The mission of the U.S. Bureau of Prisons (BOP) is to "protect society by confining offenders in the controlled environment of prisons and community-based facilities that are safe, humane, and appropriately secure, and that provide work and other self-improvement opportunities to assist offenders in becoming law-abiding citizens" (Bureau of Prisons n.d.). Since 1984, the Bureau of Prisons has conducted the Victim/Witness Notification Program which provides procedures for responding to a request from a victim or witness who wishes to be notified regarding a specific inmate's release or release-related activities. Release-related activities about which a victim or witness can request and receive notification include the following:

Release. This would include the date of release, city and state of destination, and if applicable, the supervising U.S. Probation Office.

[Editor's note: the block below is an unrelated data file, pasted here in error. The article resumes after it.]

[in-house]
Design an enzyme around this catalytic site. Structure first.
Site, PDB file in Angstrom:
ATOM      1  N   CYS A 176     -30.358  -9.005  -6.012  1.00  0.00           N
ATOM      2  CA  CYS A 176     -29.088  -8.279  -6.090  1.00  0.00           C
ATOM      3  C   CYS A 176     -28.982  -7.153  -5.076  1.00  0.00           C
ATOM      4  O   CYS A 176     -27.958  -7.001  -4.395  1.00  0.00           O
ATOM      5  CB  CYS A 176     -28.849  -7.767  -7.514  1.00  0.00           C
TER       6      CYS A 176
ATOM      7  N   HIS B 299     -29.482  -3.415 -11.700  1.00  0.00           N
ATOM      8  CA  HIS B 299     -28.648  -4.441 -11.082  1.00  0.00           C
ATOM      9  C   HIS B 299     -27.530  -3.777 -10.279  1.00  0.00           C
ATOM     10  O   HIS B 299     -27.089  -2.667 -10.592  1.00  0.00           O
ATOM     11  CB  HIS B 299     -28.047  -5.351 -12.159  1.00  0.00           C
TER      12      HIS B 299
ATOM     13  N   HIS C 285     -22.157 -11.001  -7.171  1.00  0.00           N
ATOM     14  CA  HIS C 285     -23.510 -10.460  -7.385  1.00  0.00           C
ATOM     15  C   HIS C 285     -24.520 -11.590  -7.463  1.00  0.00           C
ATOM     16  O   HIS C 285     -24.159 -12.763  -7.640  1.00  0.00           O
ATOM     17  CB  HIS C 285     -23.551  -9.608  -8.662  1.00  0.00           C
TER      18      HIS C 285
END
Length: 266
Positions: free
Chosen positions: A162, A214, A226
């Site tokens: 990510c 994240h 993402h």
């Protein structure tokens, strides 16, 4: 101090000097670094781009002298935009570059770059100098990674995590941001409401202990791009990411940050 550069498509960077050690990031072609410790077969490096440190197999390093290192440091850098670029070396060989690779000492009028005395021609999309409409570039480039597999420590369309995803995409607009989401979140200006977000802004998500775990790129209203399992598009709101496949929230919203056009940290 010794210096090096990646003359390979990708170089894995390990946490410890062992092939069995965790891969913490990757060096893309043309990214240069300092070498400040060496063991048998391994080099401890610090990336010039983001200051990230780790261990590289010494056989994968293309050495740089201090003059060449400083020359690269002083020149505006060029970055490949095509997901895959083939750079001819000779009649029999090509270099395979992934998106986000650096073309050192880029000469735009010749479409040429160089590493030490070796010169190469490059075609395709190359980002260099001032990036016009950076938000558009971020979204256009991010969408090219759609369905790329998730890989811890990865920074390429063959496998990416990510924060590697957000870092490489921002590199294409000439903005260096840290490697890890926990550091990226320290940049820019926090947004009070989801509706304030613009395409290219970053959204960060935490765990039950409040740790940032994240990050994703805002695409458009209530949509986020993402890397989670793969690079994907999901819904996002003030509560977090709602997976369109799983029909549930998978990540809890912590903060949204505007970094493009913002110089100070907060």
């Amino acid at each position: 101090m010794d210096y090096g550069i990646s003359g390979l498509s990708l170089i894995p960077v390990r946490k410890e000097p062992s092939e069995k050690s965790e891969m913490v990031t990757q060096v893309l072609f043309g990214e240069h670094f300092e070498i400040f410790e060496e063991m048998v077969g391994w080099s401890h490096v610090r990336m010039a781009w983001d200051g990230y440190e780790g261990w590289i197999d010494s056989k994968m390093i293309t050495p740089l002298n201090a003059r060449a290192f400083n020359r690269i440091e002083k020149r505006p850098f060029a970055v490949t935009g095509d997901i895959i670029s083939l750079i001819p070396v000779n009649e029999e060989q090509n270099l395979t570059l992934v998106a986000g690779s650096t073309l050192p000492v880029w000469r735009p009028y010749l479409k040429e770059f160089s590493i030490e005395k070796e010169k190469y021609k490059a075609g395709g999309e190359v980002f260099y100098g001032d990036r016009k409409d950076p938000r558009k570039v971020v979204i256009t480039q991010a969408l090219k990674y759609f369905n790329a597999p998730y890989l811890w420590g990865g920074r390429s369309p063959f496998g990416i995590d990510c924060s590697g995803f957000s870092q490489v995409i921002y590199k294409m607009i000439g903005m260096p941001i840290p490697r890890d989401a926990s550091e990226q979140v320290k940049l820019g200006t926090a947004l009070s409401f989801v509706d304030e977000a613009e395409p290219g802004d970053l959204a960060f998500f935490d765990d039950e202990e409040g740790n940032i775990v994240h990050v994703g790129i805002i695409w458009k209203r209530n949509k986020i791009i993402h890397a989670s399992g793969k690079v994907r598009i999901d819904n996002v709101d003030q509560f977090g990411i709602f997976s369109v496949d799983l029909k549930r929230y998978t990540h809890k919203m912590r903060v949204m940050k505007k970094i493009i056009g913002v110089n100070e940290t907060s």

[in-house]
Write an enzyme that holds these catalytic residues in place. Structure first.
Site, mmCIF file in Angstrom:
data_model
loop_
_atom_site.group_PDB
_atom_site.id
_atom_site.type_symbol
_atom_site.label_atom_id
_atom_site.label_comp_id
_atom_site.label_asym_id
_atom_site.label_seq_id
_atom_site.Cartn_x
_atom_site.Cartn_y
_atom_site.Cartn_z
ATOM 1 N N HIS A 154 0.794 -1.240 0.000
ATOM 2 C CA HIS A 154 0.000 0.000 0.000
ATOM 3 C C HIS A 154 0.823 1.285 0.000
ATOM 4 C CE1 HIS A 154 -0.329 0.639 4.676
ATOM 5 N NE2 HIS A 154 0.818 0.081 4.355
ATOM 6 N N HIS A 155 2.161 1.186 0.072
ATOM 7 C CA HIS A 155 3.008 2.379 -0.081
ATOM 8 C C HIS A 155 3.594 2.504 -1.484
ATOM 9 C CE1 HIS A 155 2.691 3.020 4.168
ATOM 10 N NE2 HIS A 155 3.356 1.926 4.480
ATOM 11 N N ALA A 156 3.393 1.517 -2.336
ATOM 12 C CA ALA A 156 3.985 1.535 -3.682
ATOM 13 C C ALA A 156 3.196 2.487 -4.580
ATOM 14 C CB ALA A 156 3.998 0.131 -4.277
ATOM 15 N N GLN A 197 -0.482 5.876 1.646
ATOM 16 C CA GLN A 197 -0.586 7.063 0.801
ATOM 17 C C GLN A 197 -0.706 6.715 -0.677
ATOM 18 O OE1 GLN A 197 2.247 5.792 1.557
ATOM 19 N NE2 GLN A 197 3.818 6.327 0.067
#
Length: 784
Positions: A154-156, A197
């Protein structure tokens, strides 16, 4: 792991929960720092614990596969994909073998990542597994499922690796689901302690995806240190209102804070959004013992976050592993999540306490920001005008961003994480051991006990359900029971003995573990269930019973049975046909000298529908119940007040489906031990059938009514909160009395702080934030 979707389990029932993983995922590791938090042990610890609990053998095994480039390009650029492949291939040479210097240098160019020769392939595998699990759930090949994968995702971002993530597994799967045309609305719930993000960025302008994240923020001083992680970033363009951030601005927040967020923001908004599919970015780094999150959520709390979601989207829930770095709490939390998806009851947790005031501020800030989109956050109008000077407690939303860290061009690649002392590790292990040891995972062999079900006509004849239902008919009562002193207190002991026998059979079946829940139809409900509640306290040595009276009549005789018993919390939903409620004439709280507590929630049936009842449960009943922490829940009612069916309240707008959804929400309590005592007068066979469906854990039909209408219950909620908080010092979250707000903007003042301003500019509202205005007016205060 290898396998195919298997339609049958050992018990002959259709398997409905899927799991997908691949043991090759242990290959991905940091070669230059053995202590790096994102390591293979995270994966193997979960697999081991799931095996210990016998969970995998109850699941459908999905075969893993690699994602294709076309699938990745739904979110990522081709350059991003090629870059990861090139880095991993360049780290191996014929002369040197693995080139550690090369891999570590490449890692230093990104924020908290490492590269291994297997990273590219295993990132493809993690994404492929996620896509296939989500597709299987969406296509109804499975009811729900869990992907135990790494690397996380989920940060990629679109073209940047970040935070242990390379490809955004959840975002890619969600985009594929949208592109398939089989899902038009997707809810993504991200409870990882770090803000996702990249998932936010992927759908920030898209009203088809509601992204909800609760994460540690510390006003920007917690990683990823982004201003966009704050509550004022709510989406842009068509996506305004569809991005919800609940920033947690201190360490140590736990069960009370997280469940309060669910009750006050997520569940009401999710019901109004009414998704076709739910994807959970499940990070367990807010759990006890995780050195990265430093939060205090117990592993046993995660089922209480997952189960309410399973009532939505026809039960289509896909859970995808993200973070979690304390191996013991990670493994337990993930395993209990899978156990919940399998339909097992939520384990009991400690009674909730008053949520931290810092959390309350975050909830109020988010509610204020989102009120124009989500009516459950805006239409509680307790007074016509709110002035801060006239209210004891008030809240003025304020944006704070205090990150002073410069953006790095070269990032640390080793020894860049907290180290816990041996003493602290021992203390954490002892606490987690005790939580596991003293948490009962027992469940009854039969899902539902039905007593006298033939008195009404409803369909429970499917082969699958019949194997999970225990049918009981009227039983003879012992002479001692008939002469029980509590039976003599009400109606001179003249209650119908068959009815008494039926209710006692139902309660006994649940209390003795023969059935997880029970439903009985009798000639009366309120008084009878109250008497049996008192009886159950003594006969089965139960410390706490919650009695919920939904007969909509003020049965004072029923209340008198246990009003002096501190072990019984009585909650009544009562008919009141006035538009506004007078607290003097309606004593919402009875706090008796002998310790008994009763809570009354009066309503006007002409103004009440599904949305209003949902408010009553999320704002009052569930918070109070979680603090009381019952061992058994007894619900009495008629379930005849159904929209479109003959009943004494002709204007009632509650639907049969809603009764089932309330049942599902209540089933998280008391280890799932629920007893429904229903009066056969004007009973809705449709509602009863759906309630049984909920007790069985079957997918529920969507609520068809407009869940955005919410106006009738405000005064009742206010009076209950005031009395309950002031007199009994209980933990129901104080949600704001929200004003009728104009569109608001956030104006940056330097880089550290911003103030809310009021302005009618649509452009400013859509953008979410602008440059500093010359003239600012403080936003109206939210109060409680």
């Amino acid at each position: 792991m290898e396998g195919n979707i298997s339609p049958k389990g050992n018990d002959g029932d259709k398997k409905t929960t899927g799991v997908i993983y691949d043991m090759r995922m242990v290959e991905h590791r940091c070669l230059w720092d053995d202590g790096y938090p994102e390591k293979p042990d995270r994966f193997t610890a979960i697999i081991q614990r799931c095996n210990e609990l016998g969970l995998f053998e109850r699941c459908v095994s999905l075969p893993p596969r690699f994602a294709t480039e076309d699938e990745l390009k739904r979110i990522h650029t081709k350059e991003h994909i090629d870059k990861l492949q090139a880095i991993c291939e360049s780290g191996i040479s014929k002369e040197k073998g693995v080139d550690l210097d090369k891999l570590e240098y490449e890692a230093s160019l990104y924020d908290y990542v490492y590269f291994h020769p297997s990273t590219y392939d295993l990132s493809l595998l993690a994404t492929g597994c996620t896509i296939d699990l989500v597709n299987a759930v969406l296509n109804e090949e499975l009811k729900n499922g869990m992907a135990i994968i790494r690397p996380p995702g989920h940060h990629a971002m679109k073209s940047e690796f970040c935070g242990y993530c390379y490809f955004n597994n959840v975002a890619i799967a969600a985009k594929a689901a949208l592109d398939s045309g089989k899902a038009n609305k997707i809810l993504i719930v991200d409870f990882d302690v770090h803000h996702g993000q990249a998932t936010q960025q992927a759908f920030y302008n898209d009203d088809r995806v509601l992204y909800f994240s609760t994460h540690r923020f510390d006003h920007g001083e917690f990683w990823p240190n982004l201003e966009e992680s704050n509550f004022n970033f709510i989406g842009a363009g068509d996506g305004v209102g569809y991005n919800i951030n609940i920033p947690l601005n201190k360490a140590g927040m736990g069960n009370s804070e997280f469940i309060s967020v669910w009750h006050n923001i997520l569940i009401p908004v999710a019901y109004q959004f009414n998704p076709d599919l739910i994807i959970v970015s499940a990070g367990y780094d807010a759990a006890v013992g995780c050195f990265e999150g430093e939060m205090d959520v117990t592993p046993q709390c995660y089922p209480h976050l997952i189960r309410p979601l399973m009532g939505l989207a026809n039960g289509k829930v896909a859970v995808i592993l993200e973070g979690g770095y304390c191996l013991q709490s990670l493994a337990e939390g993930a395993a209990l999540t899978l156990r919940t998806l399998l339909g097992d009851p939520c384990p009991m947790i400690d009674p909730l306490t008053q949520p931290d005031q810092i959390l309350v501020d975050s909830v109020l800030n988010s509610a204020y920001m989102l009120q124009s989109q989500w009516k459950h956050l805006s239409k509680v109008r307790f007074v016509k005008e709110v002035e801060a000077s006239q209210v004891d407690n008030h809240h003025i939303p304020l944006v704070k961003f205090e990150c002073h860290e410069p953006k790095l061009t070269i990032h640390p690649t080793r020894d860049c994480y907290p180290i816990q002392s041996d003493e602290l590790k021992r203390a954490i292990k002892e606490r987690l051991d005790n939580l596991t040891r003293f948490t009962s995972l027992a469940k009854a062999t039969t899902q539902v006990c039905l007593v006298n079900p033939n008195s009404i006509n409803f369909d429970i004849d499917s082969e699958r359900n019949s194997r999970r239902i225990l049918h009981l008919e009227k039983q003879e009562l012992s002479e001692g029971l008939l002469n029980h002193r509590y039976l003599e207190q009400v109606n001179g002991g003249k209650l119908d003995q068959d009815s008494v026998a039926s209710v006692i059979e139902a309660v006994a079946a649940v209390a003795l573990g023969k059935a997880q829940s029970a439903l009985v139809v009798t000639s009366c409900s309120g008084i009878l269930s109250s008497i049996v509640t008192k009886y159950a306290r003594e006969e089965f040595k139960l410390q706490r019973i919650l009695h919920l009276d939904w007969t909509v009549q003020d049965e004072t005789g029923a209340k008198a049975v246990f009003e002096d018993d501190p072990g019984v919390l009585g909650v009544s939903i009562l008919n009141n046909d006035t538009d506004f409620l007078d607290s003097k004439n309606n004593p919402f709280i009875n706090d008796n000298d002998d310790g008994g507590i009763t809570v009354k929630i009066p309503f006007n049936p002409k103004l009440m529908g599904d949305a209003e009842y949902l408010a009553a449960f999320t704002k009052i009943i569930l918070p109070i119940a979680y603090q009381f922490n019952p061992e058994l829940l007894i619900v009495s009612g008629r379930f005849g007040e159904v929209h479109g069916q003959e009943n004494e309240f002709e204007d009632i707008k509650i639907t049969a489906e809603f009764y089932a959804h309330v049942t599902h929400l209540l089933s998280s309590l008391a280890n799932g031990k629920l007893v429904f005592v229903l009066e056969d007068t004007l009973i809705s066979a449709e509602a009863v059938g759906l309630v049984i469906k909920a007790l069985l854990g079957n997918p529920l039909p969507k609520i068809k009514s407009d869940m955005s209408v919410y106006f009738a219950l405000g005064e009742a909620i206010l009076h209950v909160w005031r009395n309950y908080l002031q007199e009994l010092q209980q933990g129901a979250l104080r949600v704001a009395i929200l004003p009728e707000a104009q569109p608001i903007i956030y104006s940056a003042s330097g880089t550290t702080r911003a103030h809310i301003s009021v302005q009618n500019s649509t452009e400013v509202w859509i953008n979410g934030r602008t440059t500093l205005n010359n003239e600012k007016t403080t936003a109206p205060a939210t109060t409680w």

Escape. The victim or witness would be notified by telephone as soon as possible after the escape. Once the offender is apprehended, the victim or witness will be informed of the apprehension and the location of the offender.

Furlough. This notification includes any approval for an offender's unescorted trip to the community, including beginning and end dates, and destination.

Transfer to community corrections center. This information will include the name and location of the facility, the date of transfer, and the tentative date the inmate is scheduled for release from the center.

Parole hearings. Victims and witnesses are notified of hearings and may appear in person or provide a written statement to the U.S. Parole Commission.

Death. The victim or witness will be notified of the date of death, should such occur during the period of incarceration.

Currently, the Bureau of Prisons monitors 4,289 inmates in the Victim/Witness Notification Program, with more than 13,500 identified victims and witnesses. BOP has also developed a program of victim impact classes for offenders as well as the Inmate Financial Responsibility Program.